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December 1987

Designs for Clinical Research

Author Affiliations

Bethesda, Md

Arch Ophthalmol. 1987;105(12):1647-1649. doi:10.1001/archopht.1987.01060120045019

Awareness of basic designs for clinical research and of the circumstances in which they are used can aid investigators in obtaining answers to clinical questions. This editorial focuses on designs that can be used by clinicians in their practices, as opposed to designs better suited to laboratory research or the larger arena of epidemiology1 outside the clinical setting.

Table 1 provides an overview of the major clinical study designs and their attributes, including the research questions for which each design is most suited. Special comments relating to each design are provided in Table 2; Table 3 provides examples.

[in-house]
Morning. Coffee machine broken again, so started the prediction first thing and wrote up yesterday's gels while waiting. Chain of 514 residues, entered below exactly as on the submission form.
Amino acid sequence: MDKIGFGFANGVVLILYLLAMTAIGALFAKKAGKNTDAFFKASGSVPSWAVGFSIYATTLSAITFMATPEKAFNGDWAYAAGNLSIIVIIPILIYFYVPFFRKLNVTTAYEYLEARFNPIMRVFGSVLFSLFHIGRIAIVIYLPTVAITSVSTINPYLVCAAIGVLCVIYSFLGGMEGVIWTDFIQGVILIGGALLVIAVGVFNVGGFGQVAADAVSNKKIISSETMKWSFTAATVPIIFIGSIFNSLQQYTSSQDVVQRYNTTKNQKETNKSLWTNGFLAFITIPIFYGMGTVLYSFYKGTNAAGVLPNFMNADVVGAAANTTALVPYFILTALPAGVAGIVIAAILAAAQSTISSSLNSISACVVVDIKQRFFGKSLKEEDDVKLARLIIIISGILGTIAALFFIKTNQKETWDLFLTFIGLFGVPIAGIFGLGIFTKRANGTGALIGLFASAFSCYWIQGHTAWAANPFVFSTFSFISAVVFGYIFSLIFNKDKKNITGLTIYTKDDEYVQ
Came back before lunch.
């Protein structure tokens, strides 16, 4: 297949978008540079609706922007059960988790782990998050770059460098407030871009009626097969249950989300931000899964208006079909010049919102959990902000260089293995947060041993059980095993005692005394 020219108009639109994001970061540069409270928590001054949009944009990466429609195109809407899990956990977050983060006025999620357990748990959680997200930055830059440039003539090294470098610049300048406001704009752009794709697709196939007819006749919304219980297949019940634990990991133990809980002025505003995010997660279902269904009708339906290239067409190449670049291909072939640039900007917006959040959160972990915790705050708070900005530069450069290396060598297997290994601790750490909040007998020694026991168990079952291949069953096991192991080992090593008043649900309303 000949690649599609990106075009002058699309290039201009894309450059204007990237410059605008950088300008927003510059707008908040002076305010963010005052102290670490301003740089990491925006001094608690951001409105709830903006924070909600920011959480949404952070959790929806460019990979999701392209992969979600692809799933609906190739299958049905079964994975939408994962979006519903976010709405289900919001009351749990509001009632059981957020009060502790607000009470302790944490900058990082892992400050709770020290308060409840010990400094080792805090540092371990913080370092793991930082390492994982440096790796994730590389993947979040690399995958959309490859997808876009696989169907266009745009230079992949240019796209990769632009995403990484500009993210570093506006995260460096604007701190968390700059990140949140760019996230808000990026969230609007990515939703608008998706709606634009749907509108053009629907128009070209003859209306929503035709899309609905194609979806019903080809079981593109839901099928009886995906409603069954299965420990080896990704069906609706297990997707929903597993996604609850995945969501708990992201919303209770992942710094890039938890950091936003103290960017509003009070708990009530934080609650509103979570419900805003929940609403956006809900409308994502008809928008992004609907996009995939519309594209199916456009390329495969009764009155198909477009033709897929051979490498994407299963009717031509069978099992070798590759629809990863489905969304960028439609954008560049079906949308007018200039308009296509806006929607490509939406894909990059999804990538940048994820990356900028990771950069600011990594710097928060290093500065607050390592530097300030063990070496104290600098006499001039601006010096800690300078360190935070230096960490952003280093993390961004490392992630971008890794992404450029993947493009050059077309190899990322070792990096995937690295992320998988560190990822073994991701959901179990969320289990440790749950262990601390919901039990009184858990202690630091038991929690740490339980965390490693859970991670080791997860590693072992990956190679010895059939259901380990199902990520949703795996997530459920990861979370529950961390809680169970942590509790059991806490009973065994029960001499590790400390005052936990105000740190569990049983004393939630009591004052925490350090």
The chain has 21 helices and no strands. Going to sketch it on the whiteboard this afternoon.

The simplest design is the case report. Recent case reports in the Archives suggest etiologic mechanisms,2 note complications of treatment,3 or report manifestations of a condition that may be helpful in diagnosis.4 Typically, case reports are useful for generating hypotheses that suggest studies involving larger numbers of patients

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